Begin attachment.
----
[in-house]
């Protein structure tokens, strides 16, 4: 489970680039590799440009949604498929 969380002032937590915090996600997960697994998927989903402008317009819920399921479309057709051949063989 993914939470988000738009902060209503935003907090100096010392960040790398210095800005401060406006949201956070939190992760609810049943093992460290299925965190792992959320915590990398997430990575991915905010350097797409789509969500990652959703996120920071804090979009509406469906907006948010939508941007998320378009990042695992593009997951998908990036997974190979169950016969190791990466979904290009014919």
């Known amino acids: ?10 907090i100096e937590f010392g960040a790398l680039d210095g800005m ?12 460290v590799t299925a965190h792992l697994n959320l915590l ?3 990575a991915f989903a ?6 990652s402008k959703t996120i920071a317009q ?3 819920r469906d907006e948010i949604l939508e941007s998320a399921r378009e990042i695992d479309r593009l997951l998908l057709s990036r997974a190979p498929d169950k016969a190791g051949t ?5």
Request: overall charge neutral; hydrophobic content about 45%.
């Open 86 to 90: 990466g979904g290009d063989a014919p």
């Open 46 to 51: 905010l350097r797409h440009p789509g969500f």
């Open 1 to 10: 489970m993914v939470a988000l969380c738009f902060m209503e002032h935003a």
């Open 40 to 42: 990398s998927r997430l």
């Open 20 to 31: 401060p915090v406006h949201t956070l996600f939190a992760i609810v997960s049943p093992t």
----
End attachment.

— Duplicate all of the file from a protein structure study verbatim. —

[in-house]
């Protein structure tokens, strides 16, 4: 489970680039590799440009949604498929 969380002032937590915090996600997960697994998927989903402008317009819920399921479309057709051949063989 993914939470988000738009902060209503935003907090100096010392960040790398210095800005401060406006949201956070939190992760609810049943093992460290299925965190792992959320915590990398997430990575991915905010350097797409789509969500990652959703996120920071804090979009509406469906907006948010939508941007998320378009990042695992593009997951998908990036997974190979169950016969190791990466979904290009014919």
């Known amino acids: ?10 907090i100096e937590f010392g960040a790398l680039d210095g800005m ?12 460290v590799t299925a965190h792992l697994n959320l915590l ?3 990575a991915f989903a ?6 990652s402008k959703t996120i920071a317009q ?3 819920r469906d907006e948010i949604l939508e941007s998320a399921r378009e990042i695992d479309r593009l997951l998908l057709s990036r997974a190979p498929d169950k016969a190791g051949t ?5």
Request: overall charge neutral; hydrophobic content about 45%.
């Open 86 to 90: 990466g979904g290009d063989a014919p």
């Open 46 to 51: 905010l350097r797409h440009p789509g969500f």
């Open 1 to 10: 489970m993914v939470a988000l969380c738009f902060m209503e002032h935003a």
């Open 40 to 42: 990398s998927r997430l």
């Open 20 to 31: 401060p915090v406006h949201t956070l996600f939190a992760i609810v997960s049943p093992t």